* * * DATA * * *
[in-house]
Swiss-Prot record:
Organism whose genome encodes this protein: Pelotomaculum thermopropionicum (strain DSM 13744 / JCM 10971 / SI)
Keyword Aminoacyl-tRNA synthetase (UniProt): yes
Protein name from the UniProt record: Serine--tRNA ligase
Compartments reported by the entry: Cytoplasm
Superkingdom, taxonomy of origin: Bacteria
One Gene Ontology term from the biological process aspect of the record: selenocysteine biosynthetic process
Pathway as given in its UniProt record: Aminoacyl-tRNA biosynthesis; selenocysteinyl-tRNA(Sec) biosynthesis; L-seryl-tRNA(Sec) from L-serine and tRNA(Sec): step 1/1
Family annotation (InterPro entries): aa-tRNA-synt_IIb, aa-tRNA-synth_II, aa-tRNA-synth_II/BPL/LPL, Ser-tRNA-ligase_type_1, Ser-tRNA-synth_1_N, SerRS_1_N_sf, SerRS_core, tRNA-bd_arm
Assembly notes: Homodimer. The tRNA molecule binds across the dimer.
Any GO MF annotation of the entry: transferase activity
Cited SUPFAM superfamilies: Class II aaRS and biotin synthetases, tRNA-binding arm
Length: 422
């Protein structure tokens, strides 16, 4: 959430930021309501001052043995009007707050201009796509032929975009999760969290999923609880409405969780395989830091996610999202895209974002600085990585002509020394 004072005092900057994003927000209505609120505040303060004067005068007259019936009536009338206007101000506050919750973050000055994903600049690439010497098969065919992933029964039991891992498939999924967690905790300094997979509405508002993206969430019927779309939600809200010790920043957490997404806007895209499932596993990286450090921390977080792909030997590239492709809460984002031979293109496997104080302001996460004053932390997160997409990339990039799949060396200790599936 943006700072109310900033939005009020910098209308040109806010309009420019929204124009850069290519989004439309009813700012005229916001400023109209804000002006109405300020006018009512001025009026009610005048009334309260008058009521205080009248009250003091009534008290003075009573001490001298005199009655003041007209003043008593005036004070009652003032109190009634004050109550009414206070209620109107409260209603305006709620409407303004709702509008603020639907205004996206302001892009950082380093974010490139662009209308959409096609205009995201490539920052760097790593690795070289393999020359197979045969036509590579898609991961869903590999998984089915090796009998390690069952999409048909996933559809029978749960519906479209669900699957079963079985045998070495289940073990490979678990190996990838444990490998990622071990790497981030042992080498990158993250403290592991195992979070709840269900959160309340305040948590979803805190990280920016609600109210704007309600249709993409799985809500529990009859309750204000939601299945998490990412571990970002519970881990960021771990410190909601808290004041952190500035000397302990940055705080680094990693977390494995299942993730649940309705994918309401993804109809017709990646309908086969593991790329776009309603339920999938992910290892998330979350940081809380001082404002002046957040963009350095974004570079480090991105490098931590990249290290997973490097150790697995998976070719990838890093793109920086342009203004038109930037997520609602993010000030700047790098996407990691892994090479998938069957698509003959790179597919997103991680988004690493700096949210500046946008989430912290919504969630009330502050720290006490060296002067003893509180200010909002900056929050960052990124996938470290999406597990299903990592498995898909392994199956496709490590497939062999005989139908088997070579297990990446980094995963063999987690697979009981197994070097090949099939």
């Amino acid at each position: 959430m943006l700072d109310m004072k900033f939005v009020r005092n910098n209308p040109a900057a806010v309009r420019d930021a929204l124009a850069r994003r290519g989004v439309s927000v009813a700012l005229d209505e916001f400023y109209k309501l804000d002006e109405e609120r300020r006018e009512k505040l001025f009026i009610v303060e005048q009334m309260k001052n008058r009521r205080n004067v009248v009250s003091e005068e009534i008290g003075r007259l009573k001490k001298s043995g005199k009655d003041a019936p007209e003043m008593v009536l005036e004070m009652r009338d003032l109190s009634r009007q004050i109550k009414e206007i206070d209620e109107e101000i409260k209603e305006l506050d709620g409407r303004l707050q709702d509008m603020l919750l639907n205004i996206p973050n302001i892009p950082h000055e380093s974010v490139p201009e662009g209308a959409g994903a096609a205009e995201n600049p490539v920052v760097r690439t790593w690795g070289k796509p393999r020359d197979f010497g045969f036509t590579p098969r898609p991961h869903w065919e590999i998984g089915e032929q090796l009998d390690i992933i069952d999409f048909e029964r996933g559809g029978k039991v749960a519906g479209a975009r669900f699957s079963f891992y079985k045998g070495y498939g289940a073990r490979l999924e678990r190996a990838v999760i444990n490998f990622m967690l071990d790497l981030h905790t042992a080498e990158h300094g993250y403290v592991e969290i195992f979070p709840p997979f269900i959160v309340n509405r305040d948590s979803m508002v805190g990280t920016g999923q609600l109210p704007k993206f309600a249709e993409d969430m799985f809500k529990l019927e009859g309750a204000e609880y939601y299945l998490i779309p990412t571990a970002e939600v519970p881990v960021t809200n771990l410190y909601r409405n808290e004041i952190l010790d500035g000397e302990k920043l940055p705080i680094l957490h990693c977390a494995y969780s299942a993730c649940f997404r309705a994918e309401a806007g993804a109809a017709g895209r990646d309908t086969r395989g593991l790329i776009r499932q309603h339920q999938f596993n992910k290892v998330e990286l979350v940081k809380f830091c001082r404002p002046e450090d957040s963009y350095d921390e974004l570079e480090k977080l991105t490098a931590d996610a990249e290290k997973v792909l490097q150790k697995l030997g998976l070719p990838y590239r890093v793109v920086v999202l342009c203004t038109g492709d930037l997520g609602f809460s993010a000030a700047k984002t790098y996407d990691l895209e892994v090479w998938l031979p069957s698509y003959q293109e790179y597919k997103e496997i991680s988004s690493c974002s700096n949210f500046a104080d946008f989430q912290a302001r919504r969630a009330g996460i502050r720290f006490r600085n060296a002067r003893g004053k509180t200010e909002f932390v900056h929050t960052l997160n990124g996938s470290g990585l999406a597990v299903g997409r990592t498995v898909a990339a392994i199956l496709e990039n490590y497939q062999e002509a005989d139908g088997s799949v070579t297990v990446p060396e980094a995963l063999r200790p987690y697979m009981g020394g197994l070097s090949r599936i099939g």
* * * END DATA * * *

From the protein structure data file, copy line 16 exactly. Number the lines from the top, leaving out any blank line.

């Amino acid at each position: 959430m943006l700072d109310m004072k900033f939005v009020r005092n910098n209308p040109a900057a806010v309009r420019d930021a929204l124009a850069r994003r290519g989004v439309s927000v009813a700012l005229d209505e916001f400023y109209k309501l804000d002006e109405e609120r300020r006018e009512k505040l001025f009026i009610v303060e005048q009334m309260k001052n008058r009521r205080n004067v009248v009250s003091e005068e009534i008290g003075r007259l009573k001490k001298s043995g005199k009655d003041a019936p007209e003043m008593v009536l005036e004070m009652r009338d003032l109190s009634r009007q004050i109550k009414e206007i206070d209620e109107e101000i409260k209603e305006l506050d709620g409407r303004l707050q709702d509008m603020l919750l639907n205004i996206p973050n302001i892009p950082h000055e380093s974010v490139p201009e662009g209308a959409g994903a096609a205009e995201n600049p490539v920052v760097r690439t790593w690795g070289k796509p393999r020359d197979f010497g045969f036509t590579p098969r898609p991961h869903w065919e590999i998984g089915e032929q090796l009998d390690i992933i069952d999409f048909e029964r996933g559809g029978k039991v749960a519906g479209a975009r669900f699957s079963f891992y079985k045998g070495y498939g289940a073990r490979l999924e678990r190996a990838v999760i444990n490998f990622m967690l071990d790497l981030h905790t042992a080498e990158h300094g993250y403290v592991e969290i195992f979070p709840p997979f269900i959160v309340n509405r305040d948590s979803m508002v805190g990280t920016g999923q609600l109210p704007k993206f309600a249709e993409d969430m799985f809500k529990l019927e009859g309750a204000e609880y939601y299945l998490i779309p990412t571990a970002e939600v519970p881990v960021t809200n771990l410190y909601r409405n808290e004041i952190l010790d500035g000397e302990k920043l940055p705080i680094l957490h990693c977390a494995y969780s299942a993730c649940f997404r309705a994918e309401a806007g993804a109809a017709g895209r990646d309908t086969r395989g593991l790329i776009r499932q309603h339920q999938f596993n992910k290892v998330e990286l979350v940081k809380f830091c001082r404002p002046e450090d957040s963009y350095d921390e974004l570079e480090k977080l991105t490098a931590d996610a990249e290290k997973v792909l490097q150790k697995l030997g998976l070719p990838y590239r890093v793109v920086v999202l342009c203004t038109g492709d930037l997520g609602f809460s993010a000030a700047k984002t790098y996407d990691l895209e892994v090479w998938l031979p069957s698509y003959q293109e790179y597919k997103e496997i991680s988004s690493c974002s700096n949210f500046a104080d946008f989430q912290a302001r919504r969630a009330g996460i502050r720290f006490r600085n060296a002067r003893g004053k509180t200010e909002f932390v900056h929050t960052l997160n990124g996938s470290g990585l999406a597990v299903g997409r990592t498995v898909a990339a392994i199956l496709e990039n490590y497939q062999e002509a005989d139908g088997s799949v070579t297990v990446p060396e980094a995963l063999r200790p987690y697979m009981g020394g197994l070097s090949r599936i099939g």